Study Examines Short-Term Economic Impact of Worst-Case Scenarios for Contraction of Detroit Three
18 November 2008
|Projected job losses—direct, indirect and spin-off—under two contraction scenarios. Click to enlarge. Data: CAR|
Researchers at the Center for Automotive Research (CAR) in Ann Arbor, Michigan, estimated the short-term (1-3 years) impact on the US economy would be substantial were all—or even half—of the three Detroit-based automotive manufacturers’ US facilities to cease operations. CAR has carried out the majority of national level automotive economic contribution studies completed in the United States since 1992.
The immediate impact to the economy would be felt well beyond the Detroit Three companies, negatively impacting the US operations of international manufacturers and suppliers as well. Nearly 3 million jobs—239,341 jobs at the Detroit Three; 973,969 indirect/supplier jobs; and more than 1.7 million spin-off (expenditure-induced) jobs—would be lost in the first year if there is a 100% reduction in Detroit Three US operations, according to the study.
The 100% contraction scenario also results in a reduction of US personal income by more than $150.7 billion in the first year, and generates a total loss of $398.2 billion over the course of three years.
Our model estimates that a complete shutdown of Detroit Three US production would have a major impact on the US economy in terms of lost wages, reductions in social security receipts, personal income taxes paid, and an increase in transfer payments. The government stands to lose on the level of $60 billion in the first year alone, and the three year total is well over $156 billion.—Sean McAlinden, CAR chief economist and the study’s leader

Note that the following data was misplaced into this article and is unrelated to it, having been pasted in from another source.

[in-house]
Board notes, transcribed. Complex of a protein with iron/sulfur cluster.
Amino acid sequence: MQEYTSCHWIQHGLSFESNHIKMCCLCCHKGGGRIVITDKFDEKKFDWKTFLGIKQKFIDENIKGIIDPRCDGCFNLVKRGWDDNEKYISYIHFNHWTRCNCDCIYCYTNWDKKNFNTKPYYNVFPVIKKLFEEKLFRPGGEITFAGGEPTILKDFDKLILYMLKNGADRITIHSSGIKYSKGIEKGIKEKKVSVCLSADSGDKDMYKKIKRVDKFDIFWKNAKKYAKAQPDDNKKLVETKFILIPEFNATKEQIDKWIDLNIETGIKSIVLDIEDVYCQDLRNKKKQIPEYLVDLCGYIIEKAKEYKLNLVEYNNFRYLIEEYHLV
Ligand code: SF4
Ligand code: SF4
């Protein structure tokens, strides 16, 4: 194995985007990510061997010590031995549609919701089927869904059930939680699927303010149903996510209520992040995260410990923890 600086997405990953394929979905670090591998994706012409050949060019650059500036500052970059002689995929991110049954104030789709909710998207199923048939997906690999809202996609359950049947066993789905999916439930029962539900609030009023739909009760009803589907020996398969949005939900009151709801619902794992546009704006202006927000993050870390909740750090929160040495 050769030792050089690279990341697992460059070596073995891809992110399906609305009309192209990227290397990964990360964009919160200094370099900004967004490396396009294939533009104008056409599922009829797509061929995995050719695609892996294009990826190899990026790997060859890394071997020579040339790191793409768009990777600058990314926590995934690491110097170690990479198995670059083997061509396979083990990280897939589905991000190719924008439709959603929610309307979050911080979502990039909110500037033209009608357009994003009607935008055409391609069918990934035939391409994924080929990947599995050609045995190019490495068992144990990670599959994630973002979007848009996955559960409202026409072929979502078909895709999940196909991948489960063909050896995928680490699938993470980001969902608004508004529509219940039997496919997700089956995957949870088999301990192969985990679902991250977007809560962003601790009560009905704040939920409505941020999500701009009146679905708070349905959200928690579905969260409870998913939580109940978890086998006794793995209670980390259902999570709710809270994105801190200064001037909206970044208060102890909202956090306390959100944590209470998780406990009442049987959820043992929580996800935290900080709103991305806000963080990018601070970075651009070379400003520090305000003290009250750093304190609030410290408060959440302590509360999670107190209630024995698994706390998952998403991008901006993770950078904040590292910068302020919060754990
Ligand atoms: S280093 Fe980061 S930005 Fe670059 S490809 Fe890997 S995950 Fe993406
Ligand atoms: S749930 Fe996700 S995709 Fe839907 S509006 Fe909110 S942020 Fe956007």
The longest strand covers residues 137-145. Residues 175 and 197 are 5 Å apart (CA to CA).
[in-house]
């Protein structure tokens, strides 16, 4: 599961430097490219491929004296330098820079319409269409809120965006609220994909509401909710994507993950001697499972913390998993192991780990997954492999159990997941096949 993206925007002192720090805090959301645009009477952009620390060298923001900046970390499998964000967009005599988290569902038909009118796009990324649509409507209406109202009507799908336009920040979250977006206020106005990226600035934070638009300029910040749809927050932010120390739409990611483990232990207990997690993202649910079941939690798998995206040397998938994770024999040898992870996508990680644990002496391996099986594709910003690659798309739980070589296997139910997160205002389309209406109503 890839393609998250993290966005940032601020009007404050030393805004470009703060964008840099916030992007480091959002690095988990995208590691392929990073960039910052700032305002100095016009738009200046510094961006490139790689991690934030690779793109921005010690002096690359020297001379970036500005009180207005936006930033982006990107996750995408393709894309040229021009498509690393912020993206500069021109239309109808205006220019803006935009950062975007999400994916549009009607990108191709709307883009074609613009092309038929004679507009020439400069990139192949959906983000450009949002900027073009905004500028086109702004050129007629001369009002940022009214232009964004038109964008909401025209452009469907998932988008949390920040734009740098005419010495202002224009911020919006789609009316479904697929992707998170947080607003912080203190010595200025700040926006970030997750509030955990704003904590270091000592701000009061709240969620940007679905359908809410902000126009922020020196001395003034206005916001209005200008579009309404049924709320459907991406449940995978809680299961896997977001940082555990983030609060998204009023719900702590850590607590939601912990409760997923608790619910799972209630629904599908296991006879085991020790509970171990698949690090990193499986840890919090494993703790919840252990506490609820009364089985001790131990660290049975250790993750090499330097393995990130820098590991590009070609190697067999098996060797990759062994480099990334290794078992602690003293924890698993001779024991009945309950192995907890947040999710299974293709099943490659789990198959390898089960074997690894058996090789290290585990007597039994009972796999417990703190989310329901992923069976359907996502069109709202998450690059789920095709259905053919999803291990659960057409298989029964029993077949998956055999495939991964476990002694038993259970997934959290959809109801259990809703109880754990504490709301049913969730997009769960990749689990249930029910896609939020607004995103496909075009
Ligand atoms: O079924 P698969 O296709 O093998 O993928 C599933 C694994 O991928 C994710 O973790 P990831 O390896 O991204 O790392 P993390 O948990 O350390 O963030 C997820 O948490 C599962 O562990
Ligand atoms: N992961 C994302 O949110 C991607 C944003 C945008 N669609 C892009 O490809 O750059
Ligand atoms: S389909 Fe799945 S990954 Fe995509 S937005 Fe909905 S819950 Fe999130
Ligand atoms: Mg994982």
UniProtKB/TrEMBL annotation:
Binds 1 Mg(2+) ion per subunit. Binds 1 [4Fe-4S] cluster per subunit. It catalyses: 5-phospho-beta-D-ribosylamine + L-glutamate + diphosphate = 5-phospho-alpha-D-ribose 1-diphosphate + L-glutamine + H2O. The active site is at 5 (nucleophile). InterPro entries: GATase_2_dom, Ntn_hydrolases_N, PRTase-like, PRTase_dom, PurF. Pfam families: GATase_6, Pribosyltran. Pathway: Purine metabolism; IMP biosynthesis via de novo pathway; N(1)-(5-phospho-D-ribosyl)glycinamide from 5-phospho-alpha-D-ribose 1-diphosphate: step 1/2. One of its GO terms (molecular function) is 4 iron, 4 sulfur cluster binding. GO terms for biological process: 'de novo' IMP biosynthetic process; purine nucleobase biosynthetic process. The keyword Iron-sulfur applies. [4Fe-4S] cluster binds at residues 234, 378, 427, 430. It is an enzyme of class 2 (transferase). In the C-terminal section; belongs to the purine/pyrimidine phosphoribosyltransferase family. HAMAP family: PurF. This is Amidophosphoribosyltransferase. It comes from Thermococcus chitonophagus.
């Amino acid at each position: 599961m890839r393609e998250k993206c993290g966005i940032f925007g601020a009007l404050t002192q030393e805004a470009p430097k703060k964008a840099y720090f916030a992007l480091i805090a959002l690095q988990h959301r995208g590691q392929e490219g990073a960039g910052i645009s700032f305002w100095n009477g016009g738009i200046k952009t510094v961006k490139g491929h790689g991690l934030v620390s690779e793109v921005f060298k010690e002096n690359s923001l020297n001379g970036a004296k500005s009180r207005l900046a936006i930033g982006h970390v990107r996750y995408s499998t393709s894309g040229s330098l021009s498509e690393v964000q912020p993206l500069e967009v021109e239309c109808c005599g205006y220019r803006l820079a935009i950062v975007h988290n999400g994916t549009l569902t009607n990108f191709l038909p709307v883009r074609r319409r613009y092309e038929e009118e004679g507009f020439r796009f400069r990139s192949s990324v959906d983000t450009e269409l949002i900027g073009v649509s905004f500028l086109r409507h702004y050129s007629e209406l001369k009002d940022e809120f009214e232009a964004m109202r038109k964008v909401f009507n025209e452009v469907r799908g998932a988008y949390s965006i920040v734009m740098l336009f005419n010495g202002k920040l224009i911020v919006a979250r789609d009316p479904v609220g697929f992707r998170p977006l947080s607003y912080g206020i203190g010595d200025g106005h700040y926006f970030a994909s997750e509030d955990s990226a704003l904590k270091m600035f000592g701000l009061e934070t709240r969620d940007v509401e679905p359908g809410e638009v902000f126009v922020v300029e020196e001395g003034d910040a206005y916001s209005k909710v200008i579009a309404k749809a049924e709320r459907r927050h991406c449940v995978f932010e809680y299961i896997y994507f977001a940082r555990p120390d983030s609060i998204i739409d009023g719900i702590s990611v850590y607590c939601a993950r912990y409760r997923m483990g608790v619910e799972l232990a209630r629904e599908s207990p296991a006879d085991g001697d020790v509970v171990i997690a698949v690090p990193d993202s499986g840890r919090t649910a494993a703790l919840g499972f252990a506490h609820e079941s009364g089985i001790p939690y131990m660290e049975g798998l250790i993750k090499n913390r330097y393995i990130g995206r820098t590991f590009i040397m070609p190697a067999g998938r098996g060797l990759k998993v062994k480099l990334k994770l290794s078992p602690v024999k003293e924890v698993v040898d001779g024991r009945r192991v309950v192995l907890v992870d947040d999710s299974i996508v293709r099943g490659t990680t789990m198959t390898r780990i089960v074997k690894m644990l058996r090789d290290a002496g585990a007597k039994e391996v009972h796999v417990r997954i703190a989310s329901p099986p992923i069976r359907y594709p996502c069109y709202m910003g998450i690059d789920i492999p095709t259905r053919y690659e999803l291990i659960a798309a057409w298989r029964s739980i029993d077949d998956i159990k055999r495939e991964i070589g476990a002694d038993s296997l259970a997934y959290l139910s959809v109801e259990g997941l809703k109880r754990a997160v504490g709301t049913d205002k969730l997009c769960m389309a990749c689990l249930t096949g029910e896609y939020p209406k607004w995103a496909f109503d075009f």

CAR modelled two scenarios: the Detroit Three automakers ceasing all operations in United States (100% contraction scenario); and a 50% reduction in overall Detroit Three employment and production in the US economy, an event that probably would involve a contraction by two of the domestic automakers. The circumstances are such that either of these scenarios is possible, and indeed one or the other is probable, within the next 12 months, according to the study.
The researchers generated the estimates of economic impact through the use of an economic/demographic forecasting and policy simulation model constructed by Regional Economic Models, Inc. (REMI). The model captures three types of employment impacts: direct, indirect and spin-off. The model was calibrated using public and proprietary data on automotive industry employment, wages, price and capacity. Simulations estimating economic impacts on the US economy were run for three years after the assumed initial change in Detroit Three operations.
The contraction scenarios explored in this memo should not be interpreted as representing the economic activity that would be lost if the automotive industry never existed in the United States. The two scenarios represent short-term shocks that would affect all auto producers in the United States and that would be mitigated over time by gradual increases in domestic production by international automakers and surviving Detroit Three capacity.—CAR Research Memorandum